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Javascript Program To Merge K Sorted Linked Lists – Set 1

  • Last Updated : 05 Jan, 2022

Given K sorted linked lists of size N each, merge them and print the sorted output.

Examples: 

Input: k = 3, n =  4
list1 = 1->3->5->7->NULL
list2 = 2->4->6->8->NULL
list3 = 0->9->10->11->NULL

Output: 0->1->2->3->4->5->6->7->8->9->10->11
Merged lists in a sorted order 
where every element is greater 
than the previous element.

Input: k = 3, n =  3
list1 = 1->3->7->NULL
list2 = 2->4->8->NULL
list3 = 9->10->11->NULL

Output: 1->2->3->4->7->8->9->10->11
Merged lists in a sorted order 
where every element is greater 
than the previous element.

Method 1 (Simple):

Approach: 
A Simple Solution is to initialize the result as the first list. Now traverse all lists starting from the second list. Insert every node of the currently traversed list into result in a sorted way.  

Javascript




<script>
// Javascript program to merge k sorted
// arrays of size n each
      
// A Linked List node
class Node
{
    // Utility function to create a new node.
    constructor(key)
    {
        this.data = key;
        this.next = null;
    }
}
      
let head;
let temp;
  
/* Function to print nodes in a 
   given linked list */
function printList(node)
{
    while(node != null)
    {
      document.write(node.data + " "); 
      node = node.next;
    }
    document.write("<br>");
          
}
  
// The main function that takes an array 
// of lists arr[0..last] and generates
// the sorted output 
function mergeKLists(arr, last)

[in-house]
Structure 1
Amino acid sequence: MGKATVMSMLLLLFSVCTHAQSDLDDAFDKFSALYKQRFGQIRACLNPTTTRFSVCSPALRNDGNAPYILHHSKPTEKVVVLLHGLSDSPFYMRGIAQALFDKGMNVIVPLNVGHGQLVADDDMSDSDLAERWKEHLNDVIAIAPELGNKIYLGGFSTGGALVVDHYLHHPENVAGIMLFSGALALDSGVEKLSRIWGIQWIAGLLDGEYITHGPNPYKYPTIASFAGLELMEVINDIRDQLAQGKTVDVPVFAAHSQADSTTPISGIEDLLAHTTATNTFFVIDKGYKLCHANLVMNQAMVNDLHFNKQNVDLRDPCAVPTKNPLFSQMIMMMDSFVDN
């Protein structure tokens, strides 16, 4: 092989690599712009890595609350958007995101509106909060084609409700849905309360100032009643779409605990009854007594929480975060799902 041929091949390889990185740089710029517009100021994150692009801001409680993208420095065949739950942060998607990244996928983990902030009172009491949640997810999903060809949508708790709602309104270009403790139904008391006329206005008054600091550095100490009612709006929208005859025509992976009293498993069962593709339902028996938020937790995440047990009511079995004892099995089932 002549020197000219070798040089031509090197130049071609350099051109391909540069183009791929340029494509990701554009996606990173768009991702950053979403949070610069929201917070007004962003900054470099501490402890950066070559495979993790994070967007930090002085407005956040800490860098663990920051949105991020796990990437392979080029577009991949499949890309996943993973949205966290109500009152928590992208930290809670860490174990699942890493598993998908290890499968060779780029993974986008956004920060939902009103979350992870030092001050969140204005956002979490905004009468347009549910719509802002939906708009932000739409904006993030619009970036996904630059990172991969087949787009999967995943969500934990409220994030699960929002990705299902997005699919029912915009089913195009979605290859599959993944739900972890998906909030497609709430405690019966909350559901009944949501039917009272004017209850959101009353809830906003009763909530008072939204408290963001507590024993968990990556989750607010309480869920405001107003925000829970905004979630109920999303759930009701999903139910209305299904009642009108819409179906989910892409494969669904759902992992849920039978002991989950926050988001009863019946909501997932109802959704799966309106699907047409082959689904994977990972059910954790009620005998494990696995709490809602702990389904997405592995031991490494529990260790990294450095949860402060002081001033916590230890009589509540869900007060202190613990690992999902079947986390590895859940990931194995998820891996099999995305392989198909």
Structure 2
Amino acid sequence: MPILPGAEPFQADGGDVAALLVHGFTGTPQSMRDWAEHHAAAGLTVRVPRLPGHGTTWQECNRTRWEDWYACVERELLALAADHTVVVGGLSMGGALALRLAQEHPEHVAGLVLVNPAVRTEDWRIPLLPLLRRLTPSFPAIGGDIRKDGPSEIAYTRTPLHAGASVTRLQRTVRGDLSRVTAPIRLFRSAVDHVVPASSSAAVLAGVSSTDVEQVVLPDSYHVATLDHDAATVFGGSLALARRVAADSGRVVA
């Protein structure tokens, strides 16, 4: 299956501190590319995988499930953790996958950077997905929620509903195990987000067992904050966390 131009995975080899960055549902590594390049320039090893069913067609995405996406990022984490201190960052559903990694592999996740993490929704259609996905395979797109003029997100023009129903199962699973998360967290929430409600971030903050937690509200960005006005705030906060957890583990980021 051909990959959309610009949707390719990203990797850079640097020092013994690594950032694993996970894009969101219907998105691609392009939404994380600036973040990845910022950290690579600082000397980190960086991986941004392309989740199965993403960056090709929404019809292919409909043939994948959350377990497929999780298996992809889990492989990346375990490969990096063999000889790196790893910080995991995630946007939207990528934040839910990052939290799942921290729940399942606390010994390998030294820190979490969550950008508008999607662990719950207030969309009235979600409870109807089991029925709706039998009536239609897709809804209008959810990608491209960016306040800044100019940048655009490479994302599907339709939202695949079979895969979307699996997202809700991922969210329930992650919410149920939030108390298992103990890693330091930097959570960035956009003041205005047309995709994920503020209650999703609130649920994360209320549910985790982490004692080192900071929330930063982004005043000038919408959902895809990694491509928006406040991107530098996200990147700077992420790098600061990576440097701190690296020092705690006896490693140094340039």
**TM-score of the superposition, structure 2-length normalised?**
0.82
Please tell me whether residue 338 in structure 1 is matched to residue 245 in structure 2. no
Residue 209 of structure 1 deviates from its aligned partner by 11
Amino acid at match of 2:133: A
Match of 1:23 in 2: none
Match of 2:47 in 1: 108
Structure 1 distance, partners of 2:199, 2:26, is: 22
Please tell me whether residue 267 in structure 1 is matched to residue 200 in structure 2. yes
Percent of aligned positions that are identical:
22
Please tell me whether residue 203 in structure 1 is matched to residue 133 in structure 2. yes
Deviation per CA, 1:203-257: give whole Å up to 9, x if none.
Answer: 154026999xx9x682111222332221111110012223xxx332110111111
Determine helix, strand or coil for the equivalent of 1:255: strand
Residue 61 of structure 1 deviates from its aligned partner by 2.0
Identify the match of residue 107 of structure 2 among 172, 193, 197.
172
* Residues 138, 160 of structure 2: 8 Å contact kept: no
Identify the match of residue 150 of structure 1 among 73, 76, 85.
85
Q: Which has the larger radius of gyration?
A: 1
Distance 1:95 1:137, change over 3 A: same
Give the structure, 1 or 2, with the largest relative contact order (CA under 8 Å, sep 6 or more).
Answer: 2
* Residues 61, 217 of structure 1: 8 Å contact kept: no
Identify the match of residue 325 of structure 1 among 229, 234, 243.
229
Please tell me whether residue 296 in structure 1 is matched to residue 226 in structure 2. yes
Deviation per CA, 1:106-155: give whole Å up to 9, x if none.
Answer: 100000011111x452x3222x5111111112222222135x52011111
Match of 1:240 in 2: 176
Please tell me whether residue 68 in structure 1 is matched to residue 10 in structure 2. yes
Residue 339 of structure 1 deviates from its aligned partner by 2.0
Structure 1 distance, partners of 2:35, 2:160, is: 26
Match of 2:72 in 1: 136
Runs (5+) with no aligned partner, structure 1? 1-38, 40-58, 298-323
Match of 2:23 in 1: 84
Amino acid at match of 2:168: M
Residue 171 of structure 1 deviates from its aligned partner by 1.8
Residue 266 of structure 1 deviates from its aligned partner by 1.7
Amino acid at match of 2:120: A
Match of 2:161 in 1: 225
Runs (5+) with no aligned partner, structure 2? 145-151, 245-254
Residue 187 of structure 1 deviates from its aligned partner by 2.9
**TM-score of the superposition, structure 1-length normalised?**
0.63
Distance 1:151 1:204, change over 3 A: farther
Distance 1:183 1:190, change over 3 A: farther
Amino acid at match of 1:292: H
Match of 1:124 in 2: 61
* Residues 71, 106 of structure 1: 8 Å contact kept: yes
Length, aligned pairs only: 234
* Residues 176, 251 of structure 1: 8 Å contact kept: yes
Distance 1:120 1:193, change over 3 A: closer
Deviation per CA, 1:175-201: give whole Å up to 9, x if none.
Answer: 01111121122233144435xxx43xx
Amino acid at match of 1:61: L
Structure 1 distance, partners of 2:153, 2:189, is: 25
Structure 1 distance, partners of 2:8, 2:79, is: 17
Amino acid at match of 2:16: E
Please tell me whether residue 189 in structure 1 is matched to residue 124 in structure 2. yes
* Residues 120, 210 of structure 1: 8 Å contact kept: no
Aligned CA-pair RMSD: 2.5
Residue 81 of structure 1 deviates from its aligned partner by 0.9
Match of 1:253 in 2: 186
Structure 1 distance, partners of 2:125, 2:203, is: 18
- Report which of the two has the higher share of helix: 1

{
    // Traverse form second list to last
    for (let i = 1; i <= last; i++)
    {
      while(true)
      {
          // head of both the lists,
          // 0 and ith list. 
          let head_0 = arr[0];
          let head_i = arr[i];
   
          // Break if list ended
          if (head_i == null)
              break;
   
          // Smaller than first element
          if(head_0.data >= head_i.data)
          {
              arr[i] = head_i.next;
              head_i.next = head_0;
              arr[0] = head_i;
          }
          else
          
              // Traverse the first list
              while (head_0.next != null)
              
                  // Smaller than next element
                  if (head_0.next.data >= head_i.data)
                  {
                      arr[i] = head_i.next;
                      head_i.next = head_0.next;
                      head_0.next = head_i;
                      break;
                  }
   
                  // go to next node
                  head_0 = head_0.next;
   
                  // if last node
                  if (head_0.next == null)
                  {
                      arr[i] = head_i.next;
                      head_i.next = null;
                      head_0.next = head_i;
                      head_0.next.next = null;
                      break;
                  }
              }
          }
       }
    }
    return arr[0];
}
  
// Driver code
// Number of linked lists
let k = 3;
  
// Number of elements in each list
let n = 4;
  
// An array of pointers storing the
// head nodes of the linked lists
let  arr = new Array(k);
arr[0] = new Node(1);
arr[0].next = new Node(3);
arr[0].next.next = new Node(5);
arr[0].next.next.next = new Node(7);
  
arr[1] = new Node(2);
arr[1].next = new Node(4);
arr[1].next.next = new Node(6);
arr[1].next.next.next = new Node(8);
  
arr[2] = new Node(0);
arr[2].next = new Node(9);
arr[2].next.next = new Node(10);
arr[2].next.next.next = new Node(11);
  
// Merge all lists
head = mergeKLists(arr, k - 1);
printList(head);
// This code is contributed by unknown2108
</script>

Output:

0 1 2 3 4 5 6 7 8 9 10 11

Complexity Analysis: 

  • Time complexity: O(nk2)
  • Auxiliary Space: O(1). 
    As no extra space is required.